Laird Plc soared the most in more than two decades in London trading after Cooper Industries Plc said its offer valuing the U.K. company at about 493 million pounds ($794 million) was spurned.
Cooper is seeking to combine Laird, the biggest maker of mobile-phone electronic shields, with its Bussmann electronics division, the Houston-based company said in a statement today. The 185 pence-per-share offer, made June 1, is 35 percent higher than yesterday’s closing price. Laird, founded in 1824, rose 38 percent to 188.9 pence at the 4:30 p.m. close of London trading, the biggest jump since at least May 1989.
Cooper’s approach is “opportunistic and substantially undervalues the company and its prospects,” London-based Laird said in a separate statement. Cooper, which employs 2,100 in the U.K., said the combination would create a leader in circuit protection and power-management and would offer “a compelling suite” of electromagnetic interference, radio frequency and circuit-protection products.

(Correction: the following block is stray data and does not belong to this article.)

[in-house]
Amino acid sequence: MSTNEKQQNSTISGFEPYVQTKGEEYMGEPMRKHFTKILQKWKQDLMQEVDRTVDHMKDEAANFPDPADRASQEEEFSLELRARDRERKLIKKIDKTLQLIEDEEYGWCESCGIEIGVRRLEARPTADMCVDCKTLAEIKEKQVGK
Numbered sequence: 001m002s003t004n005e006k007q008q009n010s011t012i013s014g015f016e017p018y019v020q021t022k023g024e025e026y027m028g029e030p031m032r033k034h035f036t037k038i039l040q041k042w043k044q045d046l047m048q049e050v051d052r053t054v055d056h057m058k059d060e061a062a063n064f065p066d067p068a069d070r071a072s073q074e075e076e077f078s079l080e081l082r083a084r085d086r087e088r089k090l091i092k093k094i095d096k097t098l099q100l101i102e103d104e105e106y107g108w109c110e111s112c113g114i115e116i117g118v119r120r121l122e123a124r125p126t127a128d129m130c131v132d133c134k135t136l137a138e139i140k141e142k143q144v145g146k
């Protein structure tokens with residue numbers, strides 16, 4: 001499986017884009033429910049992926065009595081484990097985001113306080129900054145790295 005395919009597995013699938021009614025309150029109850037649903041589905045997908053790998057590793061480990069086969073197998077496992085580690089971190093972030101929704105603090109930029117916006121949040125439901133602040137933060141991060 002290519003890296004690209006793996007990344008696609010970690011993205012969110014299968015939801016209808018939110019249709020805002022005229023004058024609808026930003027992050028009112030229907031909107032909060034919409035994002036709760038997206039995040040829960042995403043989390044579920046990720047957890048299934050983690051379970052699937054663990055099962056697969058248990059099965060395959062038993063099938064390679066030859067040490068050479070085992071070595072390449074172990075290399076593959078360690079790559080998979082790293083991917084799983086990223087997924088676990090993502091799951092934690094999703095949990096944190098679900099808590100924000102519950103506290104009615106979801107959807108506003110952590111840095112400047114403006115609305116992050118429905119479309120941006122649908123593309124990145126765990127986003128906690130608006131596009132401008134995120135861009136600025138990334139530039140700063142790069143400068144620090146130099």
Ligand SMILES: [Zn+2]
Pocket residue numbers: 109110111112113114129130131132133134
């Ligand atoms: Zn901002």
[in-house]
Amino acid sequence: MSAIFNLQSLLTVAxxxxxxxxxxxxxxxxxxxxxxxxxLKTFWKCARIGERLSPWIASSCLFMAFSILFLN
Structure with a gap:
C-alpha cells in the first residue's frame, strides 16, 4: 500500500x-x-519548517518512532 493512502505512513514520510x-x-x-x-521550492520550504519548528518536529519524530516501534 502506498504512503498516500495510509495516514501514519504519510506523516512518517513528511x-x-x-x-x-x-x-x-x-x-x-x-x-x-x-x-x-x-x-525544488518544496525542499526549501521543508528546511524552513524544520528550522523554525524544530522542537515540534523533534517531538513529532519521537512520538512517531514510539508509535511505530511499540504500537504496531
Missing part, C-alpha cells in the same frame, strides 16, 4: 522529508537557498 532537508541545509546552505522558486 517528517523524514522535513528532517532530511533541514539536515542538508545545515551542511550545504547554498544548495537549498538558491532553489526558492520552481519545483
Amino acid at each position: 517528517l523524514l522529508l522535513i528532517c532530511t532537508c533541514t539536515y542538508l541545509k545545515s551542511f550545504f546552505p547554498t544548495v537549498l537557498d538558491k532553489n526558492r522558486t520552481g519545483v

“Laird has underperformed and that has created interest from Cooper,” said Dominic Convey, an analyst with Peel Hunt who has a “hold” recommendation on the stock. He called 185 pence “a very reasonable opening shot.” Investors should accept a price of more than 200 pence, Convey said.
Laird has advanced 8.9 percent this year, giving the company a market value of 503 million pounds.
Laird is “undervalued” and its dependence on its largest customer, Nokia Oyj, will probably decline, Robert Owens, a JPMorgan Cazenove analyst with an “overweight” recommendation on the stock, said in a report yesterday.
Cooper Industries was little changed at $60.15 in New York trading.